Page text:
Wednesday, 10 December 2014

Marignano 1515 - A Little More Detail

I have finalised the set up for the start of the game. As well as adding the terrain clutter to make the place look more lived in, I have made two changes to the terrain layout:

Looking from behind the Swiss 'up table' towards Marignano (top right). Swiss pike do look very scary, but they have a lot to do and some distance to travel to win. Their objectives are the tented camps three quarters the way up the table.

I have moved the river bounding the French left flank closer to the table edge to increase the size of the battle area to its practical maximum. This move, of almost 8 inches, has added much more space than you might think. It has, effectively, given room for the flanking cavalry to deploy properly. It also led to the addition of the same length of ditch and earthwork to the French front line entrenchments, so this line is also less cramped. I could have removed the stream but it gives a hard flank and the impression that the field was actually quite cramped. There should be another deep ditch running on the other flank but I don't have enough ditch to do this even if I wanted to.

I have moved Zuido somewhat further to the French rear than it should be to increase the depth of what I predict will be the main area of battle. This latter move might disturb some geographical purists, but the area between the ditch and the village of Zuido needs to be big enough to allow room for the French cavalry to manoeuvre. I'm also sure the unit footprints are completely out of sync with the ground scale anyway and this move goes some way towards making it closer to being right in the main battle area. The area to the rear of Zuido is now compressed, but as this is a distinct 'rear area' it can be artificially be expanded by the special scenario rules for French activation

I have moved the French troops about quite a bit in the last few days. I have tried to make the deployment look more like it does in the Marignano booklet published by The Lance and Longbow Society. I have also deployed the heavy cavalry in deep formation which will allow it to manoeuvre more easily - as the Swiss have little missilery this, I think, will work well for them.

The area between the ditch and Zuido, initially the deployment area for Bourbon's vanguard, will probably be the key battle area. It is now big enough for the troops to operate. Walls, minor ditches and trees have no effect on the game and can be moved about - they are just aesthetic clutter. Fields with crops, or that are ploughed or similar, are type II terrain features and cannot be moved about.

At Zuido, I have now deployed the Landknechts and Gendarmes of the French mainward with the infantry in the centre and the cavalry to the flanks. This should allow both elements to move forward and operate as they did historically. This command will operate and activate as an 'off table reserve'. Stratagem 1 and 2 cards have been added to the French sequence deck. On the first turn none are valid. On turn 2 only Stratagem 1 is valid. From turn three on, both Stratagem cards are valid. On the appearance of a valid stratagem the French player will roll army die Vs D8. If successful the mainward command activates fully. Until it does it cannot move, but it may shoot. The mainward automatically activates if a Swiss unit comes to contact with any part of it. Once the mainward is activated D'Alencon's rearguard may be activated.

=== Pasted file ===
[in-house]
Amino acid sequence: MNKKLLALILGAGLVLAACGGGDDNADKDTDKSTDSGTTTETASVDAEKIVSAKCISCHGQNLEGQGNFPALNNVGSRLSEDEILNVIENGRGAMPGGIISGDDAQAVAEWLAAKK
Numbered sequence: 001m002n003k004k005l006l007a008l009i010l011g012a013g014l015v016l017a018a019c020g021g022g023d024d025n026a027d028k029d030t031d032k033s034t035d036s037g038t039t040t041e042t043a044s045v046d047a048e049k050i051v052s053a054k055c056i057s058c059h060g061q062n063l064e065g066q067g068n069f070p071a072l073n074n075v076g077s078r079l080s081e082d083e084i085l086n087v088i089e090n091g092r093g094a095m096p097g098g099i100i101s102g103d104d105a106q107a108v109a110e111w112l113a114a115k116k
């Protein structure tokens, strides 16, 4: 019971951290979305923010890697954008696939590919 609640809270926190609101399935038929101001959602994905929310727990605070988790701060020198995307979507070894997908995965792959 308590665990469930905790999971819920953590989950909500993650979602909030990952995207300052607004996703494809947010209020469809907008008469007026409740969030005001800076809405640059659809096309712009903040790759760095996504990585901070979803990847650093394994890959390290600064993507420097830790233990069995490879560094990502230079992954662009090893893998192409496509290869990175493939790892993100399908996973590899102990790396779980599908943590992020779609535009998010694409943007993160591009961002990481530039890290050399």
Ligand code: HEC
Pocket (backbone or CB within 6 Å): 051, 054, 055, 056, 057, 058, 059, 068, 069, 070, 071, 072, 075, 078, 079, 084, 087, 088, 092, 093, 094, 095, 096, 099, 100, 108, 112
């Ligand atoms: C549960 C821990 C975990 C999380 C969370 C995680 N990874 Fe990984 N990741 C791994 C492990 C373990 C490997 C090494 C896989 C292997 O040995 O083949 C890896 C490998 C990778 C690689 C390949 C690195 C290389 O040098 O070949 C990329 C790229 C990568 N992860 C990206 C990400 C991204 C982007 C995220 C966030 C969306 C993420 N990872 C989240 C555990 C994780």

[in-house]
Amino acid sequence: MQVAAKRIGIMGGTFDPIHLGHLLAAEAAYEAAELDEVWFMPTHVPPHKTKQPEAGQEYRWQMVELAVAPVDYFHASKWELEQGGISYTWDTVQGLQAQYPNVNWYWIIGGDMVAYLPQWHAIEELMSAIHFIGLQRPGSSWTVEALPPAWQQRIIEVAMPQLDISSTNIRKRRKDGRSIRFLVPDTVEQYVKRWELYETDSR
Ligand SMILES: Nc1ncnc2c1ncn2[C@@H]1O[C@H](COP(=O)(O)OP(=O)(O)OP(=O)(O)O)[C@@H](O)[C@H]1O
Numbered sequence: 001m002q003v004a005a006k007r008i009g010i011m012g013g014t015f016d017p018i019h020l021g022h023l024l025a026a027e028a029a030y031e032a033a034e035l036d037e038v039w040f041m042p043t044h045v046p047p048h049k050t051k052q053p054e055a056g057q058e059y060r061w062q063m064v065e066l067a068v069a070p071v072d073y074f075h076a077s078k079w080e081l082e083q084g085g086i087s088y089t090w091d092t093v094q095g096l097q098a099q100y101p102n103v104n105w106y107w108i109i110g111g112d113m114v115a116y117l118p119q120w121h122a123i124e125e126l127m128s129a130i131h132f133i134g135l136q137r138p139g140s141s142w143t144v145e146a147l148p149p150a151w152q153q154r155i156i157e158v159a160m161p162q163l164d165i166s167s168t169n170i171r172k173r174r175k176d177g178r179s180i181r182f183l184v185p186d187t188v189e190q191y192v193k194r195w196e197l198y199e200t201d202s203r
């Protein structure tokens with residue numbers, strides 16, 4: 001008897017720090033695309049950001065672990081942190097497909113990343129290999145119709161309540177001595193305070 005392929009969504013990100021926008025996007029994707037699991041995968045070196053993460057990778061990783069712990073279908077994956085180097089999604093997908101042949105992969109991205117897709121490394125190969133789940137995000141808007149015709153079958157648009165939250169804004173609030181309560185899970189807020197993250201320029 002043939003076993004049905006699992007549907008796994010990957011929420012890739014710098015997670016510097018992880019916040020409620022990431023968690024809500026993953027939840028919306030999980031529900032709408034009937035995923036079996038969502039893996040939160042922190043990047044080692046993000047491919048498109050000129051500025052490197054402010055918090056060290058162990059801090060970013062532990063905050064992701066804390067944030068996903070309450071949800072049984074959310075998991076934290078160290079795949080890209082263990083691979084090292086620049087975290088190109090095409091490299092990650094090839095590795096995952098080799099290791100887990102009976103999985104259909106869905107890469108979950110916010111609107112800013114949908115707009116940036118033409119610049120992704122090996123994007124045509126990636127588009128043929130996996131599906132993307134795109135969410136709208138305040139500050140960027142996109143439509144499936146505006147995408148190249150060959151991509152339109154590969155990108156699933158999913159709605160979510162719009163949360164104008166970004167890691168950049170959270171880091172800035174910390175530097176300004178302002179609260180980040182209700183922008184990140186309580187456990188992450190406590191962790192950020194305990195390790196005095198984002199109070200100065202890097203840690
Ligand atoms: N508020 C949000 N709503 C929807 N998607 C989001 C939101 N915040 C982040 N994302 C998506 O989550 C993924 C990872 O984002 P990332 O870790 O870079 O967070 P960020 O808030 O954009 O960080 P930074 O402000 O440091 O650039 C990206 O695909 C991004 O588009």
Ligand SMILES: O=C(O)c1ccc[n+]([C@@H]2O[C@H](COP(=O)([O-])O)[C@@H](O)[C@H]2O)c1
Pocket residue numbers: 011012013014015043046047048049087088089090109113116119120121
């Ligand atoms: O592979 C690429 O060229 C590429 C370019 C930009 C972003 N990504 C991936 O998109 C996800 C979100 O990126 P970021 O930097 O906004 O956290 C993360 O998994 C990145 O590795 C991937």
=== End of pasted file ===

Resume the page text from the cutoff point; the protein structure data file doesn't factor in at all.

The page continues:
D'Alencons command is now about as far to the rear as it is possible to get. After the French mainward is activated D'Alencons command activates in a similar manner except that only the Stratagem 2 card is valid. The rearward automatically activates if a Swiss unit comes with 12".

The Victory conditions are simple. If the Swiss have a unit in contact with a French camp at the end of turn six they win. The end of turn six is nightfall. They have 44 Morale points plus the following Sequence card: Army Morale 'stubborn' card (automatically pass Army Morale - replace 1 Army morale card). They have a D10 army die and sequence deck.

The Swiss have only these two units of Italian cavalry. This will leave the flanks of their pike squares vulnerable to attack.

Initially the French have a problem. Their shooting troops, including their pike square killing artillery is screened by their light cavalry screen under Flouranges. The Swiss can use them to advance unscathed.
I think the French might have to sacrifice the screen, by charging as they did historically, just to get them clear and get their artillery going.

Bourbon's heavy troops begin the game activated. There are not that many of them: Just 32 Gendarmes and 72 French pike to fend off over 300 battle hardened Swiss pike and halberdiers - so I don't hold out much hope for them. I think the French will be relying on Francis I getting the mainward activated.

The French will start the Game with 68 morale points plus the following cards: 2 Stratagem cards (extra card), 1 Command 'Deft Cavalry' card (automatically rally 1 cavalry unit from pursuit or vexation - replace Command card), 1 Ciao Bella card (Wild card - replace Lull card). They have a D10* army die and sequence deck.

So, I am set for Graham and Peter tomorrow. I think we will play with one Swiss and two French players. One French player manning each long table edge will help when moving things about. I really don't have a clue if this scenario format is going to work. It's a tall order to get this kind of unbalanced scenario to work anything like it should. We will see ...

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